Friday, September 03, 2010

Relocating the Old Blog

As of today, I am migrating this blog to a new Word Press Account. Basically, I am just sick of Blogger, and would like to stop giving Google as much of my business as possible. I am not deleting this account or anything, I am just not updating this blog anymore. Instead, you can read all about my continuing adventures Here.

The new blog title: Exercises in Resigned Mediocrity.

Here is the address:

Wednesday, September 01, 2010

Freedom Update 2

I stopped reading it. Another 50 pages in, I realized that it was only getting worse and that I couldn't stand any of these people. I felt like this was the same contemporary fiction book that I have tried to force myself to read before, only to stop with similar feelings of disgust and then return to reading nonfiction only for a while. I think Tolstoy had it wrong; when it comes to modern fiction, it seems that it is the unhappy families that are all alike. All of the family members in them are selfish jerks.
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Freedom - An Update

Last night I read the first 117 pages of Freedom. The reviewers are right. It is addicting, well-written and I cannot put it down. However, as I am reading it, I get the distinct feeling that I really hate this book. I hate it for reasons that could surprise some people who think I am just a complete cynic. The fact is, I am also, very, very much an optimist when it comes to the nature of human beings. So, I don't like that as I am reading this book, I keep thinking to myself, yep, I know exactly what is coming next and it is not very good at all.

Look, don't get me wrong. There are days when I look around the world we live in and think that it is so terrible and that people treat each other so badly, that I wish that God would just end it all that afternoon. There are some terrible things in this world, and I, for one am not someone that believes in ignoring the awful things in the world for the sake of being naively positive. However, as awful as we treat one another in this world, at the same time, I truly believe that we are capable of great things and great kindnesses as human beings. That is why as much as today may suck, tomorrow may suck, and next week may suck, I refuse to give in to complete despair. But in this book, you just feel like, wow, these people all just despair more and more over time. It is just all of the things that I don't want to be. I know that my life hasn't exactly turned out according to what I would have idealized. There are things that make me sad, but that is no excuse for treating other people like crap or suddenly deciding to behave in unethical ways because I am sad about something. I realized this the second that I saw that movie American Beauty a very long time ago. People raved about it, and I just thought it was horrible; because, can you really care if horrible people come to horrible ends? How is that compelling?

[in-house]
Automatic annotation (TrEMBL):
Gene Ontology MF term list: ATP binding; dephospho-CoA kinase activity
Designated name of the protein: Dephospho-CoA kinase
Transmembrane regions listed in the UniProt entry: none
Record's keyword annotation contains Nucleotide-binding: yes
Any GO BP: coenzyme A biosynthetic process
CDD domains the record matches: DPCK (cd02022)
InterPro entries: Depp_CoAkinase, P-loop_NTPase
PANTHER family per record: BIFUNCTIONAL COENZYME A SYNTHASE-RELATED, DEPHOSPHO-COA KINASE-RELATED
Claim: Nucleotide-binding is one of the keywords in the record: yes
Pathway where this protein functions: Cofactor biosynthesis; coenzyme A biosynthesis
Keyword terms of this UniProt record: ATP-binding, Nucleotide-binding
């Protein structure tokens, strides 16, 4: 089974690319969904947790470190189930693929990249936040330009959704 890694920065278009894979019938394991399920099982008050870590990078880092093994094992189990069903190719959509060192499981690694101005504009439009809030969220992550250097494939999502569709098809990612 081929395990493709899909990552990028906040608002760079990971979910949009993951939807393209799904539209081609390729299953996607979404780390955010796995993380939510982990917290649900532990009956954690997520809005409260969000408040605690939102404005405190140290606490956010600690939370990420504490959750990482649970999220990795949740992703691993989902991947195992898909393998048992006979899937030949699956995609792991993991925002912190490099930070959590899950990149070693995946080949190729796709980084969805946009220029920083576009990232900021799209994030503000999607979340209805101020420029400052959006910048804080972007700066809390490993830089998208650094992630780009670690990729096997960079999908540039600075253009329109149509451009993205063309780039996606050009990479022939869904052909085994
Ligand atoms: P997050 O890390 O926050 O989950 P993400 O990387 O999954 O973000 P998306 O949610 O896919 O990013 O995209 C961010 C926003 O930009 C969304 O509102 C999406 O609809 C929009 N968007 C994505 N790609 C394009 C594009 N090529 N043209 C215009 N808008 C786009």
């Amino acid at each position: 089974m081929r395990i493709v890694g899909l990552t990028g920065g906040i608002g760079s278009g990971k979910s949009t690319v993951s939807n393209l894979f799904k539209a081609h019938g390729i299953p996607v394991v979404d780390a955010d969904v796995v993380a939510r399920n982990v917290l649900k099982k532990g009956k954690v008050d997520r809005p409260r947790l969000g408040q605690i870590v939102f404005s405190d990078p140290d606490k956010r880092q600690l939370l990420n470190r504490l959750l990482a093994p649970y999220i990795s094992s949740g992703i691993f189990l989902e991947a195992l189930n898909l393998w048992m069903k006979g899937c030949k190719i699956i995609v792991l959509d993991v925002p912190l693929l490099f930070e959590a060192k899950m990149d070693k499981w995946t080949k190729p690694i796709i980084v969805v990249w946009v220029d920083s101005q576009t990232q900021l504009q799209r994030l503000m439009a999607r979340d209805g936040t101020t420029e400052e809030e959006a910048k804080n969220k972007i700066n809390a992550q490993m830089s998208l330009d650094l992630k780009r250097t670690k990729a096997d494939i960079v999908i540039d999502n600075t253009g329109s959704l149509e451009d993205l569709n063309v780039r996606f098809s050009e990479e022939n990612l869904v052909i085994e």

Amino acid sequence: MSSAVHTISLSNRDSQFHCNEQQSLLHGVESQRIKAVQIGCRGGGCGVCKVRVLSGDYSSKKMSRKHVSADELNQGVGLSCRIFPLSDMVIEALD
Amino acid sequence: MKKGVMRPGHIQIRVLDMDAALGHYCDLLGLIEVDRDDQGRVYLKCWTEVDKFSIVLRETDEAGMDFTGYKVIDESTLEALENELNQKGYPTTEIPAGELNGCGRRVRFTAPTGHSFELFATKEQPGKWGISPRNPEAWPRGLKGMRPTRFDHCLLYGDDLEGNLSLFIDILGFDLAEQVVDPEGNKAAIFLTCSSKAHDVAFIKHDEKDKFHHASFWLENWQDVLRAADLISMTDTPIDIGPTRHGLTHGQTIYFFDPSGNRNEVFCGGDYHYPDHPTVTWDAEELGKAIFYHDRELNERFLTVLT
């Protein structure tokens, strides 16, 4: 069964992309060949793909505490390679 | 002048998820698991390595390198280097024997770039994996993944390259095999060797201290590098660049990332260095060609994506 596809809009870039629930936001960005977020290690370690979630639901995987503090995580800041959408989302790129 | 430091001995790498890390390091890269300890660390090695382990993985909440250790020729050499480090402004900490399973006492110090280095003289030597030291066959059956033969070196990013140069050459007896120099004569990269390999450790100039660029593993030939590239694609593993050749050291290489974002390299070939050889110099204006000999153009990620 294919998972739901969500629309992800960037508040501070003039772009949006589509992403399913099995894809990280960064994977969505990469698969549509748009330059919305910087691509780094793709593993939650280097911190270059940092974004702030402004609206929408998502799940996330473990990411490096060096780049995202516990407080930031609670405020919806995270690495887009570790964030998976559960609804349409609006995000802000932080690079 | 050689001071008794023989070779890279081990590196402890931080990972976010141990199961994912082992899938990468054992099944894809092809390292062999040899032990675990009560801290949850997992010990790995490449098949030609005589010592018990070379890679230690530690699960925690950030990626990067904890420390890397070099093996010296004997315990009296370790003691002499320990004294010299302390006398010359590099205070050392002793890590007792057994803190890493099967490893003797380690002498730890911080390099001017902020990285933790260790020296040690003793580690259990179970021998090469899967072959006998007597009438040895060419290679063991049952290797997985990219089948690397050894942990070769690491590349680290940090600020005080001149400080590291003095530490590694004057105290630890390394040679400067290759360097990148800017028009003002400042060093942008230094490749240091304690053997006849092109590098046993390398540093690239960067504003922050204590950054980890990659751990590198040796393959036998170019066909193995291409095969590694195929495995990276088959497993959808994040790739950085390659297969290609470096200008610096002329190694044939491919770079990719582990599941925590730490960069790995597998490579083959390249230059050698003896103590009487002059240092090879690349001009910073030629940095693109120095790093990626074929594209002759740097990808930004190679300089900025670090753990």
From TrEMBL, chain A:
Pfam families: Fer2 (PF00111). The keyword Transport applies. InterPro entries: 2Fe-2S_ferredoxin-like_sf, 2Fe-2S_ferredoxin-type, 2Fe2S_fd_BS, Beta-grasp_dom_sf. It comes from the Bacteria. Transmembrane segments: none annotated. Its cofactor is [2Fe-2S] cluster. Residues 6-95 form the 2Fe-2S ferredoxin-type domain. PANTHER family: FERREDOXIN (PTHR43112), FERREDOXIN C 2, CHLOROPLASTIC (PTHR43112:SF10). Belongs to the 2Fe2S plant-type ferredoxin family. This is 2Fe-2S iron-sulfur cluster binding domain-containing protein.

Granted, I could be completely wrong, because I am only 118 pages in and this book is over 500 pages long, so I could read another 118 pages tonight (which I plan on doing) and find out that it has totally changed in tone. But I doubt it. And that makes me sad, too. Because even if a happy outcome isn't always possible (and in this mortal life, it most assuredly is not always possible, as rarely do people get everything that they hope for), I at least want to fathom that it may be possible. Or that, at the very least, people are redeemable in some way.

I try to reserve my absolute cynicism for politicians only, please.

Some North Carolina Suburbia Indicative of the State of Things

First things first, let's talk about this wall mural inside a Firehouse Subs in Chapel Hill: